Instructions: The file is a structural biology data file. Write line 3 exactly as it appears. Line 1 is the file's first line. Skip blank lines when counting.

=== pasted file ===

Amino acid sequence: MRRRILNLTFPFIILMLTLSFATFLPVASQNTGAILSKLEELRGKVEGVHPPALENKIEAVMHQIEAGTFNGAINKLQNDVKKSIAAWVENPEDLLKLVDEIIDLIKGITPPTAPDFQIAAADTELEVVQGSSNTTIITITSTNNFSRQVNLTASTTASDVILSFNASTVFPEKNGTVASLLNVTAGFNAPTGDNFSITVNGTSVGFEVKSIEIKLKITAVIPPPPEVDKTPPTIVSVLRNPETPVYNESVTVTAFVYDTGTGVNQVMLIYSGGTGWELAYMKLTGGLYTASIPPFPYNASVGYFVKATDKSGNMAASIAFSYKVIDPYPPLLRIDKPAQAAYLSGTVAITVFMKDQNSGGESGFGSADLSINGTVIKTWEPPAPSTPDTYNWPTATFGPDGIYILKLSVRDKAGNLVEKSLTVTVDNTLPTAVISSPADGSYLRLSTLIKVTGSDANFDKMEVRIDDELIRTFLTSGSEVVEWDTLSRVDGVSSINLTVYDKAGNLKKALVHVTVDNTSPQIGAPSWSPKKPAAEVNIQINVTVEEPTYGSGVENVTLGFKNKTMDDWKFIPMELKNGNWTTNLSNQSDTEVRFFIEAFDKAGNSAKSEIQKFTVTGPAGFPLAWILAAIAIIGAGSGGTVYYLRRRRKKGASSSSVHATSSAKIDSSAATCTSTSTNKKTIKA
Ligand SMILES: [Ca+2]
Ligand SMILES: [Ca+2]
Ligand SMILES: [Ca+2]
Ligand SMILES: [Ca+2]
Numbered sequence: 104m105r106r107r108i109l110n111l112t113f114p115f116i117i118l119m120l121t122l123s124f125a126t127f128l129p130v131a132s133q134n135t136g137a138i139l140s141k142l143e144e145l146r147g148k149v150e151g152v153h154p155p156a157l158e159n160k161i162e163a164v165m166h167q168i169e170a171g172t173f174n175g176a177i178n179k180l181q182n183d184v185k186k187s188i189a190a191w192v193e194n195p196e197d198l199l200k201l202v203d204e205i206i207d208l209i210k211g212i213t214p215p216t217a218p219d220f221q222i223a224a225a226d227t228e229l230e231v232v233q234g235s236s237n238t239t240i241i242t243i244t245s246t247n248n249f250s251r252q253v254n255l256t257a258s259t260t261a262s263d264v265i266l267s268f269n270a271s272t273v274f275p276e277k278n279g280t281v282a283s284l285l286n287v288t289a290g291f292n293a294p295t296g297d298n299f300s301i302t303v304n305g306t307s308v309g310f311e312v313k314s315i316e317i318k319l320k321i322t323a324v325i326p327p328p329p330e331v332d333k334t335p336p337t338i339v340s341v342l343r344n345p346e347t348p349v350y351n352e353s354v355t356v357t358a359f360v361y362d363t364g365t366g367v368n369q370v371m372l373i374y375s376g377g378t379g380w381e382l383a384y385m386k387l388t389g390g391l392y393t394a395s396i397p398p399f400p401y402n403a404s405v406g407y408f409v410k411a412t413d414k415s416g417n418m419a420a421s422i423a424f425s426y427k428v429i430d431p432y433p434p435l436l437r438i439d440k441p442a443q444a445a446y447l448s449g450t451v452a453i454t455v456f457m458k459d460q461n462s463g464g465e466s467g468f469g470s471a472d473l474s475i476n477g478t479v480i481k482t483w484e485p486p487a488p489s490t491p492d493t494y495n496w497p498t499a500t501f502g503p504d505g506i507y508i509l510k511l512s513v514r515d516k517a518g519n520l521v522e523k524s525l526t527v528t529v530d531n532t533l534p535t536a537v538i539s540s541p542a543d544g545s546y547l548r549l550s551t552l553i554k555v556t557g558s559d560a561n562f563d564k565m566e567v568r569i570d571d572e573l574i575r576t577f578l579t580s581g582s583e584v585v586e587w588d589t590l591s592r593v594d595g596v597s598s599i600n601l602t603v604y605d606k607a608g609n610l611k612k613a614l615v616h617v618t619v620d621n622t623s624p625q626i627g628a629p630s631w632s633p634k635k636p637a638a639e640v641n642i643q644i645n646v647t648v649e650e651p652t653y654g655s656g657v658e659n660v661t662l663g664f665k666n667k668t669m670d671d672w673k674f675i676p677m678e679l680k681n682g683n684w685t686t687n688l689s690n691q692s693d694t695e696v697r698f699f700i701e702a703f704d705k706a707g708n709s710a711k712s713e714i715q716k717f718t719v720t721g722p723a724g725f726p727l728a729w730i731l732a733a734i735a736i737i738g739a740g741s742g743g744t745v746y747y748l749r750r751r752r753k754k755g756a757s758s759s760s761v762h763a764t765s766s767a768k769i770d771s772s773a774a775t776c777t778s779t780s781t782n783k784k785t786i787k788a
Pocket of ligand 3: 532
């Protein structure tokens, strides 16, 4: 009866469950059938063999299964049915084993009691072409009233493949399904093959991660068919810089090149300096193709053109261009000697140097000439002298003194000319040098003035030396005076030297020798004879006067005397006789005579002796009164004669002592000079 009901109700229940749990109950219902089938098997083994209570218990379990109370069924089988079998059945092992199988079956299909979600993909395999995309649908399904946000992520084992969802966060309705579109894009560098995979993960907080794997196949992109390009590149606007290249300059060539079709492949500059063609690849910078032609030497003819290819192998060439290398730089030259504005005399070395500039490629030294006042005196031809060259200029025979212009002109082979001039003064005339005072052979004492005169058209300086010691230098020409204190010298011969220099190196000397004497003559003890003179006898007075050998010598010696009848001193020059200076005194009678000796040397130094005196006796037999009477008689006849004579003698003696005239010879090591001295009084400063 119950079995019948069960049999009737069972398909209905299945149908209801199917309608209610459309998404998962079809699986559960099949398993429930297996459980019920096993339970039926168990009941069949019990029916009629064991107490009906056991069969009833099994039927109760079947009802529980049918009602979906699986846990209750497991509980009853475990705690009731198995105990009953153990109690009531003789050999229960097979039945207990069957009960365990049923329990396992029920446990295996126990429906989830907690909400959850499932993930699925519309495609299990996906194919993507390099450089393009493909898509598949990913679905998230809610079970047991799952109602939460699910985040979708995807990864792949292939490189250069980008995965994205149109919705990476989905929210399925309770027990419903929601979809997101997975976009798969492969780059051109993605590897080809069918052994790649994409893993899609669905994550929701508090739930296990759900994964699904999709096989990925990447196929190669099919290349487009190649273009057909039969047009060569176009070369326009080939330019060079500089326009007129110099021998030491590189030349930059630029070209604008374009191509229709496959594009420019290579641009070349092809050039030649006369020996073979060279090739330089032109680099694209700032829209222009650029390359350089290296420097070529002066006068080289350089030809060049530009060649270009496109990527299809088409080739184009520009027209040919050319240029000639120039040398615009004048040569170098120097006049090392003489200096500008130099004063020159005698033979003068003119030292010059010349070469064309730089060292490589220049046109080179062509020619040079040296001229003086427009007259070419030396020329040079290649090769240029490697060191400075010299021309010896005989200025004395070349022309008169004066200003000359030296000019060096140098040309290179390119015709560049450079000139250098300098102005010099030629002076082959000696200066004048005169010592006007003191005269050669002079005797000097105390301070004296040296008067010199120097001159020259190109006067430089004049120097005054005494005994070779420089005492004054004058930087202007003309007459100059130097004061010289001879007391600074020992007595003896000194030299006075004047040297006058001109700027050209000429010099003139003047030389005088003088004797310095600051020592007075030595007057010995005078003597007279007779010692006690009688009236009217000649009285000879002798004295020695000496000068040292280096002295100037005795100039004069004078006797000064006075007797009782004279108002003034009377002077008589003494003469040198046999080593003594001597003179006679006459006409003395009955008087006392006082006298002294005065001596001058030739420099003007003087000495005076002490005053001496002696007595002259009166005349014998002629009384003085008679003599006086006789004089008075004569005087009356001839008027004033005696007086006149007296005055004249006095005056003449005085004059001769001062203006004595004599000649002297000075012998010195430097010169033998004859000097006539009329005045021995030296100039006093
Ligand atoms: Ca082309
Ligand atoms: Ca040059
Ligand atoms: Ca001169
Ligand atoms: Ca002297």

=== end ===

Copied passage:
Ligand SMILES: [Ca+2]